Client lifecycle management (CLM) operations involve transforming from a prospective client to one who can engage in business activities with a financial institution. These activities include collecting all the details of the client organization such as name, registration, address, purpose, products interested and ownership structure, KYC (know your customer) checks for political affiliation, risk scoring, other regulatory checks like AML, MIFID, Dodd Frank and finally setting the client up in various IT systems. There can also be a combination of these activities due to rule variations: if there is an existing client from a different jurisdiction, a client seeking additional services (which could involve more risk), changing address or ownership, etc.
Client onboarding, as simple as it sounds, certainly has its challenges:
- Process changes because of regulatory changes
- Multi-step case routing involving various groups, making it slow and difficult to coordinate
- Incomplete/wrong data entry resulting in rework and delays
- Multiple ways to implement it with variations by organization type, size and operating region
- Balancing business priorities with operational challenges and regulatory mandates
- Monitoring SLAs is difficult as there is a client dependency (for documentary evidence or additional data inputs)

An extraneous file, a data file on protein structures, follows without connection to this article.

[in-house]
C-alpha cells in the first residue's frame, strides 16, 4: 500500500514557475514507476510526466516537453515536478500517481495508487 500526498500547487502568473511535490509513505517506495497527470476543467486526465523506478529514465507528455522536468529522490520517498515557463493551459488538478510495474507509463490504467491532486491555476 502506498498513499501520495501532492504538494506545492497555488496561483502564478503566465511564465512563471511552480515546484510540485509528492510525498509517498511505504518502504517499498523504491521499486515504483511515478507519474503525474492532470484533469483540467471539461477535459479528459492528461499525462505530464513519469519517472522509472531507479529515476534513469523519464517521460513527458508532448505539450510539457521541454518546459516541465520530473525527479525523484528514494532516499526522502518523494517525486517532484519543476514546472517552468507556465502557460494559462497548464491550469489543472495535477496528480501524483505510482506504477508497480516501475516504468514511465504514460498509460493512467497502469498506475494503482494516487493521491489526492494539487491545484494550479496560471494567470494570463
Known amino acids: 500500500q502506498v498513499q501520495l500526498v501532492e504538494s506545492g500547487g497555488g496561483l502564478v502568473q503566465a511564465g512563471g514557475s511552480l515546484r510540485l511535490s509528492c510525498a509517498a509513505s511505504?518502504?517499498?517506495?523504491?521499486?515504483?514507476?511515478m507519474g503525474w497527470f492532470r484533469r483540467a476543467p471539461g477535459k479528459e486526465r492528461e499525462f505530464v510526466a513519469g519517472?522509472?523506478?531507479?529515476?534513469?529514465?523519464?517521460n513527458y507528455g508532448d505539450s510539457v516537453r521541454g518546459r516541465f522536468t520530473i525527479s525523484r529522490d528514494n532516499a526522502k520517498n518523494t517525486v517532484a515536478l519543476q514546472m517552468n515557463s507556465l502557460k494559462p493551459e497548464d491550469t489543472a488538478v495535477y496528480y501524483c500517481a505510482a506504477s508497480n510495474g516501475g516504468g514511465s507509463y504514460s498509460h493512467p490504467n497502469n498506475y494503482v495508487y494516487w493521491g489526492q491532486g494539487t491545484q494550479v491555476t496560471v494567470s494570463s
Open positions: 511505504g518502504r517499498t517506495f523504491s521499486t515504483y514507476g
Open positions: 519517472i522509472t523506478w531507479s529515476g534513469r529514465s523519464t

There are several initiatives to address these challenges, including technology solutions with better business process management (BPM) capabilities and operation process optimization, with the implementation of tools like lean-sigma and Kanban. With this article, however, I focus on the people aspect of applying contemporary trends in everyday life.
Gamification is the use of game-like thinking and mechanics in non-game contexts to engage users in solving problems. Proven by empirical evidence, Gamification improves user engagement, data quality, timeliness and learning. Some core aspects of a gamified platform are point systems and rewards, as well as elements of competition in comparison to others. Aspects of the application of Gamification to client onboarding are as follows:
- Point system – This can be based on the number of onboarding cases taken up by an operator, the time taken to process the case, the nature of the step in the process – complex or risky processes receive more points while the simpler ones receive fewer points–penalty points for mistakes and penalty points for bad client feedback. The tasks in CoB are entering client details, reviewing a client, tracking with a client for documents and information and much more. Points are associated with each of these tasks. Operators will have assigned skills based on whether they can take up one or more types of tasks. The more skills an operator has, the more chances her or she has to take up different types of tasks and earn more points. Most tasks have a review process, and if the task is returned, points will be deducted. The number of deducted points can increase exponentially to worsen the penalty for frequent mistakes. Skill samples include client data entry, data entry review, compliance review, account setup, and account setup review, to list a few. The skill level can vary based on the nature of client services requested and the region of onboarding. The points will also vary based on activity type. The onboarding process is a team activity involving co-operation among members. Bonus points can be given to team-driven outcomes.